The annual commemoration march began in 1973, organised by NICRA. Brigid Bond unveiled the monument in Rossville Street in 1974. From 1974 until 1990, Sinn Féin organised the commemoration until the Bloody Sunday Weekend Committee took over responsibilities.

In 1989, the Bloody Sunday Initiative (BSI) was founded, with responsibility to campaign for a proper inquiry.

The Bloody Sunday Justice Campaign (BSJC) was founded in 1992 with three clear demands: the repudiation of Widgery; the formal acknowledgement of the innocence of the victims; and the prosecution of those responsible. The BSI became the Pat Finucane Centre to champion wider human rights issues, and the Bloody Sunday Weekend Committee then assumed responsibility for the commemoration.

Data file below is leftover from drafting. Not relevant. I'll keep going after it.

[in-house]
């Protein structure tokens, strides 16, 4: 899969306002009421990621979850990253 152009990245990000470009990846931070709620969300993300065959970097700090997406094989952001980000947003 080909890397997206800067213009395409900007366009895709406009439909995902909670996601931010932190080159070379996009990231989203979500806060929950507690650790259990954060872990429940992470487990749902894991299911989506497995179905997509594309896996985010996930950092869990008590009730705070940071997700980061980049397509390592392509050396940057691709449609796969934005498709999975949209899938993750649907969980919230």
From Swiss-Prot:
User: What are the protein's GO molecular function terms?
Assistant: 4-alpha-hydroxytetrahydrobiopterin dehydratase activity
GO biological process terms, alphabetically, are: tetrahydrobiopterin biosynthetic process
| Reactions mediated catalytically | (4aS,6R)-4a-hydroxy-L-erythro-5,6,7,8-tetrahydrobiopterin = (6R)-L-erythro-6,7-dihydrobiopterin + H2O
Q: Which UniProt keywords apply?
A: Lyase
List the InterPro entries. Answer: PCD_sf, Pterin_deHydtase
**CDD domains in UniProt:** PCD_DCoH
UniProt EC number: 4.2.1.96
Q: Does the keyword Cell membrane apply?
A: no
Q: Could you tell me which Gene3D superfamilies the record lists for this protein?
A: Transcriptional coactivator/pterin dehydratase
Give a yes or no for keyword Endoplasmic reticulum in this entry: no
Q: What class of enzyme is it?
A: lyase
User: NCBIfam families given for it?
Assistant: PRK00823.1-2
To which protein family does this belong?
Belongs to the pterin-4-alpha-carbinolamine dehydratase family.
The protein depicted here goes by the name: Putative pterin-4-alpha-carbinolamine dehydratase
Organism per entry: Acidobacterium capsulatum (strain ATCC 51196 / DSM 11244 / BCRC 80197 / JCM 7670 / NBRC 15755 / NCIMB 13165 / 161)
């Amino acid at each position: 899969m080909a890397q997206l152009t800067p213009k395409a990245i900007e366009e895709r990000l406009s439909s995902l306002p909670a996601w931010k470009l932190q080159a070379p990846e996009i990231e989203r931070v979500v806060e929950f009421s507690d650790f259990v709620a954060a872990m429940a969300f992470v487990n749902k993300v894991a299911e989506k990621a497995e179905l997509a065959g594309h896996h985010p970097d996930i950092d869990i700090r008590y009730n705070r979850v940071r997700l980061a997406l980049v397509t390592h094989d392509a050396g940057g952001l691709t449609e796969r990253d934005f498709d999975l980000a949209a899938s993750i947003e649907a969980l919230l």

On the 25th anniversary in 1997, 40,000 people marched in support of the continuing fight for truth and justice.

A new inquiry into the events of Bloody Sunday was announced in January 1998.

Campaigning continued throughout the inquiry, to maintain pressure for a just result, and through the years from the end of the inquiry in 2004 to the eventual release of the report in 2010, as the families endured interminable delays and frustration waiting on the outcome.

Find out more about the campaign for justice in our dedicated section.